Albert Einstein said, "Everyone is a genius. But if you judge a fish by its ability to climb a tree, it will live its whole life believing that it is stupid". (Einstein 6) This implies, assessing a student only by narrow ideals in the classroom may cause them to feel inadequate. Gerald Graff's essay "Hidden Intellectualism" argues that student's interest should be implemented into academia. Graff suggest that students poised with "street smarts", are not being taught using their non-academic interest in the classroom. Graff contends that schools tend to believe that only certain topics are appropriate for an academic environment thus "street smarts" cease to evolve naturally into academic intellect. Graff's personal experience logically persuades the reader that the solution of promoting students non-academic interests into academics will enhance their success. .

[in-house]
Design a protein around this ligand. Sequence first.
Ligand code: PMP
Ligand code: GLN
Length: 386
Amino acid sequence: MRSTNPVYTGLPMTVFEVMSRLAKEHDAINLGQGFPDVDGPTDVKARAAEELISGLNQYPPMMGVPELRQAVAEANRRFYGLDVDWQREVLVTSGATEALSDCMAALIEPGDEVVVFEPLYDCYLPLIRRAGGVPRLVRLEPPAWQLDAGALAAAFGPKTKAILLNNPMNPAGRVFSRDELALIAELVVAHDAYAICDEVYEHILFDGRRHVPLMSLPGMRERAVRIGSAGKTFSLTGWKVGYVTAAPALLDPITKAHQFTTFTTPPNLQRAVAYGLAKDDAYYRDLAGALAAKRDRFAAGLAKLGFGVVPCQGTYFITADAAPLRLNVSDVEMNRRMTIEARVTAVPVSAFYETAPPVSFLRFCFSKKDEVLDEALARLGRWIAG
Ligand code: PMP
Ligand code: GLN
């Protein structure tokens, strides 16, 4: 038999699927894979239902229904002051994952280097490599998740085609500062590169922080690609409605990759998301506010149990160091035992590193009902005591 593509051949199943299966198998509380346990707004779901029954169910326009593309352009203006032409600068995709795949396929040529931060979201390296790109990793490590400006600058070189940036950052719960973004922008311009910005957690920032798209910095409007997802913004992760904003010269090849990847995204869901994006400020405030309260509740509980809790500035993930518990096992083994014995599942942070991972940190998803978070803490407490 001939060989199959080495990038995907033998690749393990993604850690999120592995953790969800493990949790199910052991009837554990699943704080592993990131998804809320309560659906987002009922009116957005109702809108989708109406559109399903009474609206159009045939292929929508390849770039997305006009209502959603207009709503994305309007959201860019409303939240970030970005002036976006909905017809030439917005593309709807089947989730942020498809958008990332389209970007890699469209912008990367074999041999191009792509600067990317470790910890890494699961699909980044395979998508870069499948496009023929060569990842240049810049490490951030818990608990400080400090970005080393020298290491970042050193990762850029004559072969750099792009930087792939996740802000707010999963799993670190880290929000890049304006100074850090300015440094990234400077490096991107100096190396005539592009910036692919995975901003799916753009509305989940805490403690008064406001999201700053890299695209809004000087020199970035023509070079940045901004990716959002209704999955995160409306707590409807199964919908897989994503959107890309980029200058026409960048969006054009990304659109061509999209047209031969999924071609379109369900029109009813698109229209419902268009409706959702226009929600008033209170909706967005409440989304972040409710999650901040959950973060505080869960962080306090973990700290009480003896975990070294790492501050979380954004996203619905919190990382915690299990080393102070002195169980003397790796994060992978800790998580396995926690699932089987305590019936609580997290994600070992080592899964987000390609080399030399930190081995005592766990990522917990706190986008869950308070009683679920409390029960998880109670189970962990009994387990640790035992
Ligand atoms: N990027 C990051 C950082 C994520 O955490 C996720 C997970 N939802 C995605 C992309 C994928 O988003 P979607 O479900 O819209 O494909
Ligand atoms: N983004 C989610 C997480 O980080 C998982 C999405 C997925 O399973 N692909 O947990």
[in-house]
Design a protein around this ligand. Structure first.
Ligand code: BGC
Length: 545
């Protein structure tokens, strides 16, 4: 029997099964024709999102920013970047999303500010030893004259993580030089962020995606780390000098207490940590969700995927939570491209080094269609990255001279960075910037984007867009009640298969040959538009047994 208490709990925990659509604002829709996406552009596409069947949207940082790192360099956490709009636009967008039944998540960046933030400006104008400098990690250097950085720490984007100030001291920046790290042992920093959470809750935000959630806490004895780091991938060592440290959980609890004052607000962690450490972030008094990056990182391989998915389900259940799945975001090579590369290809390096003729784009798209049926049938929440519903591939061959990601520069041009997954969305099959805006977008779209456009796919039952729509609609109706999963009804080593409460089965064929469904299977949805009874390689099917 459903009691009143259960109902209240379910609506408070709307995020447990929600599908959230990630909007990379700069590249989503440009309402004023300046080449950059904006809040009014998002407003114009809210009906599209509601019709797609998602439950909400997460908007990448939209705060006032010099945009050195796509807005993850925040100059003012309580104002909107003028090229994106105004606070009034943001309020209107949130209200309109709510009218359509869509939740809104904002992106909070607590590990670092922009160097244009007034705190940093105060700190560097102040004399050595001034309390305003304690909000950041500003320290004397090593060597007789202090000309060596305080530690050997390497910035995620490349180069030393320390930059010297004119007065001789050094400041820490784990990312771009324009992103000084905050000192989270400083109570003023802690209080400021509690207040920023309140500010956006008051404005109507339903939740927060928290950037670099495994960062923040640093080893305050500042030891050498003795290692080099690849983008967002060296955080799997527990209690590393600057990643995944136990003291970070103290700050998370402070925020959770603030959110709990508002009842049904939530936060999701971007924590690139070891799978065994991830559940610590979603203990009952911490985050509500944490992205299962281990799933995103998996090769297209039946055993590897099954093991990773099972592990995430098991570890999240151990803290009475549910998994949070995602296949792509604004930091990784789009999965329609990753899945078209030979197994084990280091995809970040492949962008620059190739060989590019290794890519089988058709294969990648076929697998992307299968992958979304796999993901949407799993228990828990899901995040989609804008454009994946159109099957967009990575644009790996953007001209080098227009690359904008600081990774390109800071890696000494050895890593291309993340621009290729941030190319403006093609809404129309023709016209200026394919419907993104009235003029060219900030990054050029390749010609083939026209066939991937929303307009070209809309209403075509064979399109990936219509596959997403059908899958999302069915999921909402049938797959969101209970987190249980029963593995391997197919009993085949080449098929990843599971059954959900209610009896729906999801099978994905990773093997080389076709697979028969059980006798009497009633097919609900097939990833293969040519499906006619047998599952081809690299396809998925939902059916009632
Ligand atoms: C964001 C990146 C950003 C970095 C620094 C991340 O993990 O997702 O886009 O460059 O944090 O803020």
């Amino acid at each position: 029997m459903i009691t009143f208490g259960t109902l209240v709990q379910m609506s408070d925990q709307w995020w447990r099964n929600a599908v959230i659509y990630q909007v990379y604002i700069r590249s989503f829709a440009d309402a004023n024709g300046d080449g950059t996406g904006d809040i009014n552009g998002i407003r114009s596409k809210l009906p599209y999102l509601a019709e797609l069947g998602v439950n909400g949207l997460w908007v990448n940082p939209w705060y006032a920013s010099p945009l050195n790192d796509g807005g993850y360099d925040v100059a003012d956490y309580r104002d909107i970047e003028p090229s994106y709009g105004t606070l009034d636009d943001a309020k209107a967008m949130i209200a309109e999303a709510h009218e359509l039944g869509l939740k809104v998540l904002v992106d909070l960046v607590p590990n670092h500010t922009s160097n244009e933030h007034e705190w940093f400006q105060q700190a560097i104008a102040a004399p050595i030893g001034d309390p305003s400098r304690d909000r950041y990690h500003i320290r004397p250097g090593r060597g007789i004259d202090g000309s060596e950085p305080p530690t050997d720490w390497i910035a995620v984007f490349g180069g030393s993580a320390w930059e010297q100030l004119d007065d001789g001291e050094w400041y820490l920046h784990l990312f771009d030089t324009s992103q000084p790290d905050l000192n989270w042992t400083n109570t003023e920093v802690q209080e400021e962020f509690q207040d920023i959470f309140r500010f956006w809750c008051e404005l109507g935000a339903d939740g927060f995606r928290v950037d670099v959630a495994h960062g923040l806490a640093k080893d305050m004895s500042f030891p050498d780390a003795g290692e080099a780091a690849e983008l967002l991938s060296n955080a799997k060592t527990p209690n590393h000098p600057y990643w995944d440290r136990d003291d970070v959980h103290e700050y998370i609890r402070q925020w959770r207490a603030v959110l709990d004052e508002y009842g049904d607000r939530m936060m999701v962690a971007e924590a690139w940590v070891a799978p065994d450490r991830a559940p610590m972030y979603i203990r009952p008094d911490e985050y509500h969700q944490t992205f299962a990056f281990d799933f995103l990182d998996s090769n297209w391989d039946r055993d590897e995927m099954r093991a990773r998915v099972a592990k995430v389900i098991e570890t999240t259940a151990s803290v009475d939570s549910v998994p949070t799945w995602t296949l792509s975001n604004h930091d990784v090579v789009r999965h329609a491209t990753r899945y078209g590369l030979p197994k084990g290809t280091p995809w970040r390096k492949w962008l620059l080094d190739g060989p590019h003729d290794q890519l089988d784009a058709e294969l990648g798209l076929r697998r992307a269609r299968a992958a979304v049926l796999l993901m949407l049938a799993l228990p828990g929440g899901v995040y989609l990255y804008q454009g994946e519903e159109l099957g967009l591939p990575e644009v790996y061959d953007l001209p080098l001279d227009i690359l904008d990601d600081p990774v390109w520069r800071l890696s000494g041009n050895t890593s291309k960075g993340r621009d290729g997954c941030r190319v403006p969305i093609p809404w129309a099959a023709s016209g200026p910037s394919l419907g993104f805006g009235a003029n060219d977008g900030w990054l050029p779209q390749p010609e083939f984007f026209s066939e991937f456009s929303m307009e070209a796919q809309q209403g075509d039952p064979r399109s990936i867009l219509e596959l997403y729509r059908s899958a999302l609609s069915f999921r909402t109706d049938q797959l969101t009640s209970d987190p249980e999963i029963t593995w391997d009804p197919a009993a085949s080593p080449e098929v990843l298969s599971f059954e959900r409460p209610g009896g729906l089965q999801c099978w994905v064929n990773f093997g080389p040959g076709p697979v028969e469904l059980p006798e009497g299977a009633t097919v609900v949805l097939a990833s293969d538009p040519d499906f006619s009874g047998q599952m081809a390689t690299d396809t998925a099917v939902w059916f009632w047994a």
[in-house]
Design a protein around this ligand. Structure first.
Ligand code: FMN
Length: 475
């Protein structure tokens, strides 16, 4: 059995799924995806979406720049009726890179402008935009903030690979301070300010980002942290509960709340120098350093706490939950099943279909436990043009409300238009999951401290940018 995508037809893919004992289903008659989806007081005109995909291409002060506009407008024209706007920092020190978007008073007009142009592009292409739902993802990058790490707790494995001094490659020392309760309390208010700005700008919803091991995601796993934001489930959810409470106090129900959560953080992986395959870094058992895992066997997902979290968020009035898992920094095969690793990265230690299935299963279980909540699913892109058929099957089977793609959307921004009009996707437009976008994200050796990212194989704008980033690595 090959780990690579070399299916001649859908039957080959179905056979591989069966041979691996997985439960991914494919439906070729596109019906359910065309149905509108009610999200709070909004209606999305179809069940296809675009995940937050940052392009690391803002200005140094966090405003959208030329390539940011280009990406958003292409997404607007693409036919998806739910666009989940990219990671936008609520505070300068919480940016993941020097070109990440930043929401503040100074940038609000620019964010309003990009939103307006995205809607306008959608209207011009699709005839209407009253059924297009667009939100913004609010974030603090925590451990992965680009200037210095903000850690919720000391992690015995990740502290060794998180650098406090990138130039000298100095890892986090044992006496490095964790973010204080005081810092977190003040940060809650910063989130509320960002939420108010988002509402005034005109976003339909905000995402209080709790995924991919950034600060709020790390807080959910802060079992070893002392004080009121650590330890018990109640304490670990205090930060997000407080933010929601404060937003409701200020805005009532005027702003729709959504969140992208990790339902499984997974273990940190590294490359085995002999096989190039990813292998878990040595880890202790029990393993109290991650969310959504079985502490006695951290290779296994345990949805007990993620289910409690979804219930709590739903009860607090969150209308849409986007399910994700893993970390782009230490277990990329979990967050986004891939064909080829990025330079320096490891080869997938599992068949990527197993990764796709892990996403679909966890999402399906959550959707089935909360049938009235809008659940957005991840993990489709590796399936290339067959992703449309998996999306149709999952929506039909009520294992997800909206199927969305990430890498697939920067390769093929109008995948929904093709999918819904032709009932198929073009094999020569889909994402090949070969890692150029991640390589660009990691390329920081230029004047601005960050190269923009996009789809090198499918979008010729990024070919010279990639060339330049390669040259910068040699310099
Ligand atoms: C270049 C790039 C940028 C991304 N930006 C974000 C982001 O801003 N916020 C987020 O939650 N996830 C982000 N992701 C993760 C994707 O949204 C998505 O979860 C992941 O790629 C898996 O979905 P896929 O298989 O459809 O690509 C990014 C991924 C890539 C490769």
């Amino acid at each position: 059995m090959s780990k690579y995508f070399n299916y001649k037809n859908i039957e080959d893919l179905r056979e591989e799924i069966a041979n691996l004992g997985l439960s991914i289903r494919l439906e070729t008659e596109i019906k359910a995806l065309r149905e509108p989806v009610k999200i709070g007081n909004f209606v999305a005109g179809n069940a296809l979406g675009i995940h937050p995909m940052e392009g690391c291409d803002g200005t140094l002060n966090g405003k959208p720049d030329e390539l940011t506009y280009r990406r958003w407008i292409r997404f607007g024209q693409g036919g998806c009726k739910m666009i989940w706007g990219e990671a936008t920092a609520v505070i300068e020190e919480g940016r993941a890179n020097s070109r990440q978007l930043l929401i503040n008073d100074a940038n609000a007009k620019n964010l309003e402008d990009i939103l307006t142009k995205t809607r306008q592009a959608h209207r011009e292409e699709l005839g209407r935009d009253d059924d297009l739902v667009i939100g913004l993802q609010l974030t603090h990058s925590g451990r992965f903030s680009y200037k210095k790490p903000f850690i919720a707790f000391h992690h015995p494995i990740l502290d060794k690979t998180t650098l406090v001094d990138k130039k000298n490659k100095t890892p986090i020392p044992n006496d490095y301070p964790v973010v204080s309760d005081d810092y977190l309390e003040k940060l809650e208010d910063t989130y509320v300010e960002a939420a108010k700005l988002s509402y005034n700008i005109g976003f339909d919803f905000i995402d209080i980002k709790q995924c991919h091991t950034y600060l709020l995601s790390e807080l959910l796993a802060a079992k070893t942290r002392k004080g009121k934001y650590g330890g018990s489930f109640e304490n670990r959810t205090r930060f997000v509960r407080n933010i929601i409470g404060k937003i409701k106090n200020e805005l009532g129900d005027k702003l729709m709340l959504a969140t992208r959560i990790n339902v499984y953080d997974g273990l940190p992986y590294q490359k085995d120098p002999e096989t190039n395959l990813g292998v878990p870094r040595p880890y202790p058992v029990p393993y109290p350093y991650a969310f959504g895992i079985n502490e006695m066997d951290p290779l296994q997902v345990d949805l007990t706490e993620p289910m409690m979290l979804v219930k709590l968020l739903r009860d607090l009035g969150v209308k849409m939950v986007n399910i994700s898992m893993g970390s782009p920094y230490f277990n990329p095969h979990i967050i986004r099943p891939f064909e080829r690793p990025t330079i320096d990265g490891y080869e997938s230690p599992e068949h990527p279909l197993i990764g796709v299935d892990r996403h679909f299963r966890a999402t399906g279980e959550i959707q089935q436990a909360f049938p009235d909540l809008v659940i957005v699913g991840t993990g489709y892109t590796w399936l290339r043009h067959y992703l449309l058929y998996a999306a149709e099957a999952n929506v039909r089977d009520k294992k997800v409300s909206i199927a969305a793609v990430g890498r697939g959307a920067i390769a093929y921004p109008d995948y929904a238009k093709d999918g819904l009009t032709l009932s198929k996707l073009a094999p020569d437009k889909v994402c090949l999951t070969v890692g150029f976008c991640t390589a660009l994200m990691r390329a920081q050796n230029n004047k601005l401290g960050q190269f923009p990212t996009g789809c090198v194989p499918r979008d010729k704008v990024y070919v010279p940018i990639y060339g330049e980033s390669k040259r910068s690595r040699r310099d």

Graff uses his personal experience to challenge the traditional model for learning to connect to the reader. Graff suggests that academia should let students decide on the subjects that interest them rather that the basics of academics. Graff 's experience of discussions about typical boy stuff with his friend became an intellectual exercise. He states that reading sports books and magazines taught him "how to make an argument, weigh different kinds of evidence, move between particulars and generalizations, summarize the views of others, and enter a conversation about ideas" (Graff 383). Undoubtedly if students were able to incorporate their street smarts of argumentation and apply validated assessment into academic writing they would learn how to use those critical thinking skills into something they care about rather than in scientific and philosophical themes that are of no interest. Linking student's interests in academia allows students to attain academic knowledge, and further develops their intellectual growth.